Is anyone else struggling to keep it going? Spring has sprung, the days are beautiful (at least they are here in central Florida!) and it’s hard enough to keep myself motivated, no less these three little fun-thirsty souls I’m schooling. Every single day around 9:30 they’re begging for recess… They look longingly out the window at the big open field across from our house that is teaming with lizards and grasshoppers, just begging to be caught. As I look into their little glazed over eyes I know that there is no point trying to reel them in, it’s best to let them play and then settle back into the school day in an hour or two.
I know I can’t be the only momma who’s having this trouble so here is a list of my top ten ways to beat Spring Homeschool Burnout.
1. Library trips: Some mornings we fight burnout by packing up and heading to the library. Olivia looks at the books, I pick out a new James Patterson and the boys find themselves thumbing through a new series or playing checkers. This quick break from “real school” keeps them interested in reading, gets them playing together without fighting and is sparking a love of books in Liv. Afterwards, we try to grab lunch with Dad to really make the day special.
2. Netflix: Netflix is a funny little thing because the boys think they are slacking off and watching tv when they’re really learning all sorts of things. Frozen Planet, Mysteries of the Unseen World, Nature’s Weirdest Events, Myth Hunters, Blue Planet and countless other educational shows keep them entertained while they are learning a ton about things they are actually interested in. Do you know what kids do when they watch something that interests them? They learn.
3. Pool Days: Ok, so there’s no real educational value to a pool day. Kids running, jumping, swimming, splashing and enjoying the sun is just one of those things we homeschool mommas get to have that others don’t. We’re going to call this P.E, Vitamin D restoration and a Mental Health Day for Momma. It works for me!
4. Field Trips: It doesn’t have to be anything big, expensive or even planned out. Two weeks ago we went on a scavenger hunt through the woods with some friends. It was a simple walk but the kids had a blast exploring. They found leaves, compared them, watched birds, checked out all sorts of flowers, seeds, butterflies and bugs. They were outside, being kids, enjoying their childhood and making memories. That’s all a field trip needs to be.
5. Farm Days with Mamaw: My mother lives in a few acres out in the sticks. She’s had a slew of animals over the years, including chickens, roosters, catfish, worms, cats, dogs and even a goat. The boys will occasionally spend the day with her helping with the chores. They work in her garden, gather eggs, feed the animals and just have a great time being boys. Don’t get me started on how much fun they have with her composting worms! Know what they are learning? They’re learning the value of hard work. They’re learning how to grow food, how to care for something other than themselves. They’re learning that shoveling mulch in the hot sun won’t kill you, and it’ll probably earn you a little green and an ice cream.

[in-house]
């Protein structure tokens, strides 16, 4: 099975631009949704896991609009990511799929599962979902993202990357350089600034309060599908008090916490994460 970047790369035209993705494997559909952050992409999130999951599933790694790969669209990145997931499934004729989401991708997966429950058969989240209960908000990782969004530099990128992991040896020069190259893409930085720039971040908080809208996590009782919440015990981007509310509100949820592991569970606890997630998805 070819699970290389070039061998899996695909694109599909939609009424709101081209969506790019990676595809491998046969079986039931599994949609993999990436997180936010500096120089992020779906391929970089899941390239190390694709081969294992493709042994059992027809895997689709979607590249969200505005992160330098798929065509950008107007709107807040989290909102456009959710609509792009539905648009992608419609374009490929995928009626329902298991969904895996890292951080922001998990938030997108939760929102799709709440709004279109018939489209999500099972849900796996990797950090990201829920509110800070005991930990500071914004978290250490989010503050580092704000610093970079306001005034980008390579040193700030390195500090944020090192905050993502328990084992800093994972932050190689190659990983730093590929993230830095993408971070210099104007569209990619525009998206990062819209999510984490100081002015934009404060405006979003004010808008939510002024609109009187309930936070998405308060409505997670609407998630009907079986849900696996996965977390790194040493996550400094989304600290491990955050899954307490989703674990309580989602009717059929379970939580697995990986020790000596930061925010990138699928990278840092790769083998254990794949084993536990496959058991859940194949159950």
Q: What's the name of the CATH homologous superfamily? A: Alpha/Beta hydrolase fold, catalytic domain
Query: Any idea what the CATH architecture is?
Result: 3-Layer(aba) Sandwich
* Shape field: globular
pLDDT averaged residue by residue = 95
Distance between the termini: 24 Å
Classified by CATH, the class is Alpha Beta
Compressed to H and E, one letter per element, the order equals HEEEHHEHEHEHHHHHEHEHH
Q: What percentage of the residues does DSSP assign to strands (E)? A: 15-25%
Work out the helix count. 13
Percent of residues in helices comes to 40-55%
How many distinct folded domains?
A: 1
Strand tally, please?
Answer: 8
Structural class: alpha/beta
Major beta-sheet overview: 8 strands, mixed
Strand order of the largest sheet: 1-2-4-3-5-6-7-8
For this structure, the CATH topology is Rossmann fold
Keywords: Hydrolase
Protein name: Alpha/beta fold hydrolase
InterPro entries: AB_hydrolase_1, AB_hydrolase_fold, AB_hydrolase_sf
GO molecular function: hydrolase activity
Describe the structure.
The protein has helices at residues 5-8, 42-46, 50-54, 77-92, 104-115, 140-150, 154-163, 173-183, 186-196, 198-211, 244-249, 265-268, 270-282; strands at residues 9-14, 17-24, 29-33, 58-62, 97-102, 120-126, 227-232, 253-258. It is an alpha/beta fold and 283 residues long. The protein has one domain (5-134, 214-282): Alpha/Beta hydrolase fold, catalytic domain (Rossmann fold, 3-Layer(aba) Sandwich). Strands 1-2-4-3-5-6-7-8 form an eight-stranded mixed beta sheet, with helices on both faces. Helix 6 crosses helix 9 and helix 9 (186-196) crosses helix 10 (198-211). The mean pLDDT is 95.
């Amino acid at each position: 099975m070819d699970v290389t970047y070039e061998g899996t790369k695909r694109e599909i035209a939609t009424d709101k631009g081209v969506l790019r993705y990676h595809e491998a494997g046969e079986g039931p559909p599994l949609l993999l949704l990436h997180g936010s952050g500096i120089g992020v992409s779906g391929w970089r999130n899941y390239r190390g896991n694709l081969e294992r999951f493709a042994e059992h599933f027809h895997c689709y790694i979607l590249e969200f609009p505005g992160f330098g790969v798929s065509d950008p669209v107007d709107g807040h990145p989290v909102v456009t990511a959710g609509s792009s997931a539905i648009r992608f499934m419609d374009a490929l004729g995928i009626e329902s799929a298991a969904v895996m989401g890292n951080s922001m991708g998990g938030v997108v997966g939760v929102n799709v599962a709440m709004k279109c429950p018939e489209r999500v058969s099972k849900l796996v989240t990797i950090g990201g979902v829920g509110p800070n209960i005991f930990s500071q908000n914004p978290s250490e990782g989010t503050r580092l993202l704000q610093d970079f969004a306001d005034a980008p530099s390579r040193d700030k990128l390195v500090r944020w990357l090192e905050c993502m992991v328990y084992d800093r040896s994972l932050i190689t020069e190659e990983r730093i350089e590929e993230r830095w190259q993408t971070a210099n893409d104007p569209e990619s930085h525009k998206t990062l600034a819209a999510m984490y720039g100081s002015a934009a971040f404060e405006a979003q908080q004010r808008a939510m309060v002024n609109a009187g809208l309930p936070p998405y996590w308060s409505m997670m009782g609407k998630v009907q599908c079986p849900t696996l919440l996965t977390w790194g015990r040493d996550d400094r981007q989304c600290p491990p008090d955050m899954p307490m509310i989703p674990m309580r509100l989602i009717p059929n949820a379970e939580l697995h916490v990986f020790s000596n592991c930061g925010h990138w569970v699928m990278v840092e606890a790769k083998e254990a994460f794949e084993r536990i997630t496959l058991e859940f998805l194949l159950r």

6. Camping Trips with Dad: Sometimes my husband will take a day or two off of work and we all head out on an adventure. We don’t do anything special when we camp. The boys bring their skateboards and ball gloves. We do some nature hikes or bike rides, we may rent a canoe if the camp ground has a spring. There’s always something to learn at State Parks, things to explore and memories to make. We get just a few short years with these kiddos, we want them to remember them as much as we do.
7. Spring Training Day: Ok, ok, you got me. No learning here… unless I quiz them on their spelling words and multiplication problems in the car. But I say again… Memories. They aren’t replaceable. The kids learn what being a family looks like. They get to do something they love with their Daddy and that keeps that bond strong between he and I and them. That’s important to us, as Kaden approaches those teenage years especially.
8. Night School: We don’t do this often during baseball season because we just aren’t home enough in the evenings but some days, we forego the workbooks until after dinner. We play or read, sometimes they help me bake or cook. We just hang out, run errands or play. Then we do school at night, when the sun has gone down and all the fun is successfully wrung out of the daylight.
9. CHORE DAYS: Can I just say that I love chore days? We get the bedding washed, the laundry folded and put away, dust the furniture, sweep… mop. The boys “clean” their rooms and help Olivia with hers. Then we reward our hard work with a treat. Maybe some cookies or a movie. The boys are learning to be men. They’re learning what it takes to run a home and be an adult. Hopefully these Home Ec days will stick with them and make them great husbands one day!
10. I JUST DON’T WANT TO DO LESSONS DAYS: These don’t happen often but sometimes we just can’t. We’ve done so many days of double lessons and extra lessons that we sometimes just blow off school. Maybe someone has a cold, maybe momma needs a break, maybe Olivia really wants to play dress up all morning. These days are nice, laid back and important to any homeschool family. The day the table is covered in playdoh and board games. Maybe it’s tempura paint and construction paper… Trust me, they’re learning.
School is important but it doesn’t always have to be school. Sometimes it’s just family. Whatever that happens to look like for you. So momma, if you’re feeling the spring time burnout don’t fret. You’re not alone. Get outside, take a day off, make some memories and enjoy the freedom you have to spend your days with your kids however you want to.